August 8, 2018 | Anna Etherington-Smith, Head of Project Management, Clarkson Alliance
Projects are human endeavours, and what is more, every project and every project team is unique. The range of skills, both technical and behavioral, required to successfully deliver a construction project are extensive, and a good project leader should have an appreciation of the diverse set of skills needed when they are building their team, and an awareness of how different people operate.
On joining the industry straight out of university, I quickly became accustomed to being in the minority as a woman. In the early stage of my career I tried to emulate the behaviors of other women around me – those who appeared to embrace the sometimes confrontational nature of the industry as a way to progress. I quickly learnt that this approach simply didn’t suit me, and I began to understand that it was important for me to be my authentic self in the workplace in order to thrive. Shouting the odds and trying to demand respect wasn’t for me.
Having now spent over 15 years working in construction – as a structural engineer, construction manager and now as Head of Project Management at Clarkson Alliance – I have worked on a range of projects and have seen the value in allowing individuals to work to their strengths. For example, one person may be good at detailed analysis but less good at communication – this individual may thrive when considering options and developing solutions but struggle in a large meeting environment or when asked to present to the wider team.
When I joined Clarkson Alliance I spent some time learning about my individual strengths which has helped me to understand where I can play my best role. It has also reinforced where I may need support from other members of the team to get the best results.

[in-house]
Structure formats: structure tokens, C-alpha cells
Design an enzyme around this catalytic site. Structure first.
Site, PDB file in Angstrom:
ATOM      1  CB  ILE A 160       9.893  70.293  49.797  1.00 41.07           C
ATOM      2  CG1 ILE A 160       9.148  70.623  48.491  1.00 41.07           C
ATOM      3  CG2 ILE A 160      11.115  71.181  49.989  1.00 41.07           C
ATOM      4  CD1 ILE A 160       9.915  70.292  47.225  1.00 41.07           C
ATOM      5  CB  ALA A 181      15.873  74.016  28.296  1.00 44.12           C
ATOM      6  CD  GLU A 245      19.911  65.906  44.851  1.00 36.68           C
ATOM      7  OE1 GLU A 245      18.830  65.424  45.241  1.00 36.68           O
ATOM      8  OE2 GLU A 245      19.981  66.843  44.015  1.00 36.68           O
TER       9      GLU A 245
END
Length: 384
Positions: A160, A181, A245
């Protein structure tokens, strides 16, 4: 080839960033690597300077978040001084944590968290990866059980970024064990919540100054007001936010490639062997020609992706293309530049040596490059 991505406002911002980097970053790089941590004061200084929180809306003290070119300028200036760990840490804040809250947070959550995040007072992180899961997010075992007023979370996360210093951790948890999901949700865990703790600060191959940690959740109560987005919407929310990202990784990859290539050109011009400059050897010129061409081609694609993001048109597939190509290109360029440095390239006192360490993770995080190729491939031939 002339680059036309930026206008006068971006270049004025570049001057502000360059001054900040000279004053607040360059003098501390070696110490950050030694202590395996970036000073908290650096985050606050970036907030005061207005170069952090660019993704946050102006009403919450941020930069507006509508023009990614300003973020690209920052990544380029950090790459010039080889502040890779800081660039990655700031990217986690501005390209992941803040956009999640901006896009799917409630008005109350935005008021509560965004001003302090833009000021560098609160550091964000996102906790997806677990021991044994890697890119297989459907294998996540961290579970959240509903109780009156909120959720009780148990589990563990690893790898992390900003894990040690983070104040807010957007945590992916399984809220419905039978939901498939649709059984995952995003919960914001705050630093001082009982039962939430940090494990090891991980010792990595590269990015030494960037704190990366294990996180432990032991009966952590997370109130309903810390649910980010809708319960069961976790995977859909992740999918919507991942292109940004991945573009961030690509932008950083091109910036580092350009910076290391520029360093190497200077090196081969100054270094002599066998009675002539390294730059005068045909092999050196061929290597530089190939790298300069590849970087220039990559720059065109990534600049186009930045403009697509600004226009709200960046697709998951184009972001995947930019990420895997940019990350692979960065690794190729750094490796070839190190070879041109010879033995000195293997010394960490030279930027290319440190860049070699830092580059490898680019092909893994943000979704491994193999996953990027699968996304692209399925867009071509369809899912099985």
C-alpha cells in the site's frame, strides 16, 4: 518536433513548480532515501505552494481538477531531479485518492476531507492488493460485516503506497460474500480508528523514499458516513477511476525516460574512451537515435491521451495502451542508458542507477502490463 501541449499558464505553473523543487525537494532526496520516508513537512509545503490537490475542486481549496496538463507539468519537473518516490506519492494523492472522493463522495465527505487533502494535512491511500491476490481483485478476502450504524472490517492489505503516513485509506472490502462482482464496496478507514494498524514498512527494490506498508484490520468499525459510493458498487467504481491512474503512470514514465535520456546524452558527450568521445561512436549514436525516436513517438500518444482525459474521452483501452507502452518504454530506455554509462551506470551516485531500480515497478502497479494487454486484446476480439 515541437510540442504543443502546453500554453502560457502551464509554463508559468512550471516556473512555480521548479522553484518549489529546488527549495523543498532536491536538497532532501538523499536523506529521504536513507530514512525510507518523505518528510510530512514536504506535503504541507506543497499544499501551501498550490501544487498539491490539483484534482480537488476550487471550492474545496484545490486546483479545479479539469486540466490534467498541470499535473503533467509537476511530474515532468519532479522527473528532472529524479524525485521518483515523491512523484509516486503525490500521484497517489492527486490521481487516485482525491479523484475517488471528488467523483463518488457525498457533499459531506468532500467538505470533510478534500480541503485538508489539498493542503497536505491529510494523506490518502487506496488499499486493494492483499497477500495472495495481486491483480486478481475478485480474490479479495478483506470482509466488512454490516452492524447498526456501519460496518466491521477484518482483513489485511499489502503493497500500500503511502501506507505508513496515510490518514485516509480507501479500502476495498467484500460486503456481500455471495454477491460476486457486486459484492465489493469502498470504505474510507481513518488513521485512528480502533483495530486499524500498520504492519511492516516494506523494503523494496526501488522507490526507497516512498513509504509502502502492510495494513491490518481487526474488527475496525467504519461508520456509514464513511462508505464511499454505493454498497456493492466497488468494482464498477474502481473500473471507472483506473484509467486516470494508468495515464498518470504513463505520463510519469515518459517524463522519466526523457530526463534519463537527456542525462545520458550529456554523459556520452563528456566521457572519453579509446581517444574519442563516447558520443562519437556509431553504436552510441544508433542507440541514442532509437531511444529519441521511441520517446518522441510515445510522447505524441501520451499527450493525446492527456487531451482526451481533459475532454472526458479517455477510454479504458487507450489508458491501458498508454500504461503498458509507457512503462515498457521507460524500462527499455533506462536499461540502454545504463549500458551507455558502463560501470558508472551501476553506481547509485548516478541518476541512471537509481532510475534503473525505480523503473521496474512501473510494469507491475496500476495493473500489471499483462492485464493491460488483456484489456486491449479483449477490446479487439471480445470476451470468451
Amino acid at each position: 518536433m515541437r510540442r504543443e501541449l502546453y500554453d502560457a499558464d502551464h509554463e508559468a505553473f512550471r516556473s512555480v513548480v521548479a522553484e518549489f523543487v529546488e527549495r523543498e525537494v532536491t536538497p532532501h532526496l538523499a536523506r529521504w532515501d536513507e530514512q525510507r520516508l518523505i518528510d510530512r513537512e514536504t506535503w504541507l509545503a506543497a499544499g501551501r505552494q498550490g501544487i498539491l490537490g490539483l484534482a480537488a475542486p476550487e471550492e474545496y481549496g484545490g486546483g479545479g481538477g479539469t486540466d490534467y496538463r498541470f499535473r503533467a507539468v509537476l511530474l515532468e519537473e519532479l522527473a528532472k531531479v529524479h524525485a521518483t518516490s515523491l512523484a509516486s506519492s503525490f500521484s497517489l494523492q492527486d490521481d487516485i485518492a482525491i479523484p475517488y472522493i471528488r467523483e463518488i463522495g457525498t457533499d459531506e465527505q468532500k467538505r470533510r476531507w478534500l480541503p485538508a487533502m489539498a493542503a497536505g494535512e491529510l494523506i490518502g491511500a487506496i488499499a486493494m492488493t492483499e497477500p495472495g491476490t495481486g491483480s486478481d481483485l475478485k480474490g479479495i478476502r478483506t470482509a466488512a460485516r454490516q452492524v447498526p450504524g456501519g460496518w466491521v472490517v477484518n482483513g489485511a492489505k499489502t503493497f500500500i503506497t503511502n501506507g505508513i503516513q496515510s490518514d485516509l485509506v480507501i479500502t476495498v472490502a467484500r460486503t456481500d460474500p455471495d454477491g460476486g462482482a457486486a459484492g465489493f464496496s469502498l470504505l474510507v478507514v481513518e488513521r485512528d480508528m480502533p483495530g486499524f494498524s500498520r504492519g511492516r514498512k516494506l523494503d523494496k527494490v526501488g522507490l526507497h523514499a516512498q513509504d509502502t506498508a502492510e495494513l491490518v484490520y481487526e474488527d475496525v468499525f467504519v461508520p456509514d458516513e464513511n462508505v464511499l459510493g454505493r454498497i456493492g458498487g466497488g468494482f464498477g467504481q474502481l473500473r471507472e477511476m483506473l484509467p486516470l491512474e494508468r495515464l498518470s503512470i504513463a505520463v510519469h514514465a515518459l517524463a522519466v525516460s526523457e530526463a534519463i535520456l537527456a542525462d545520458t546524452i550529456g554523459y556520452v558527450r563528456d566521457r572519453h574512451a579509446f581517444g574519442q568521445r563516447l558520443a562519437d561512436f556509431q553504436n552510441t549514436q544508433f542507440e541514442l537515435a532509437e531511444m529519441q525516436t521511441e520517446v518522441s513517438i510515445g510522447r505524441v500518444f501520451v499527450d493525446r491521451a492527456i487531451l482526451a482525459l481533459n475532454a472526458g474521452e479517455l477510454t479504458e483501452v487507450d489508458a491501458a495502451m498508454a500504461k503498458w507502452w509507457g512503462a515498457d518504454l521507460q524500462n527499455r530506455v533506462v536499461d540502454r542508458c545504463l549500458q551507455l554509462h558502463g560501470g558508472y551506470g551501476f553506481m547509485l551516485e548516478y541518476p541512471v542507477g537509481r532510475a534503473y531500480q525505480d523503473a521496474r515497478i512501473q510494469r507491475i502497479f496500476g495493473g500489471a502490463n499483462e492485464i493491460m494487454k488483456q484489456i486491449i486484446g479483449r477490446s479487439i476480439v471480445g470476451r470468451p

My strengths are all in developing relationships or being strategic – I’m at my best when I’m working with people towards an objective. I’m good at listening and understanding what people need and galvanising a team. I’m also driven to get results and to constantly improve. These qualities are useful in project management where you need to be able to understand everyone’s objectives and to focus on the outcome. If I had to spend hours developing solutions or carrying out detailed analysis I would not be at my best. In my current leadership role, I am now able to encourage the other members of the team to understand and work towards developing their own strengths.
As a company we emphasise people’s strengths, and look for opportunities to let them work on the tasks they enjoy, and identify how our diverse range of abilities can complement each other and be used to the benefit of our clients. We use a tool called ‘StrengthsFinder’ which is an online assessment that helps people discover that they are naturally best at, and gives suggestions for how to develop talent. For example if, as part of our role, we need to undertake assessment of options, whether it’s a tender, options appraisals or risk assessments we use people with analytical and input (data) strengths. If we are producing written reports or presenting information we use people with communication strengths.
When members of a project team have a good understanding of their relative strengths they are well placed to work together through difficult periods – this is essential, given that dealing with unexpected challenges is a key part of almost any construction project. Rather than a culture of blame developing, the team can collaborate effectively to find a solution, and ensure continued unity around the project outcomes. By understanding and appreciating each other’s strengths you build trust, and in a challenging situation know who is best placed to take on responsibilities.
As a leader having an awareness of human behaviours can help you to galvanise commitment from your team and ultimately fulfil both the client’s wishes and the individual’s potential. Knowing the relative skills of your team – who may well have never worked together before – is an essential part of leading an effective project. A diverse range of skills can lead to better decision making, as teams can benefit from having a wide variety of views and experiences to consider as you navigate the sometimes choppy waters of a project.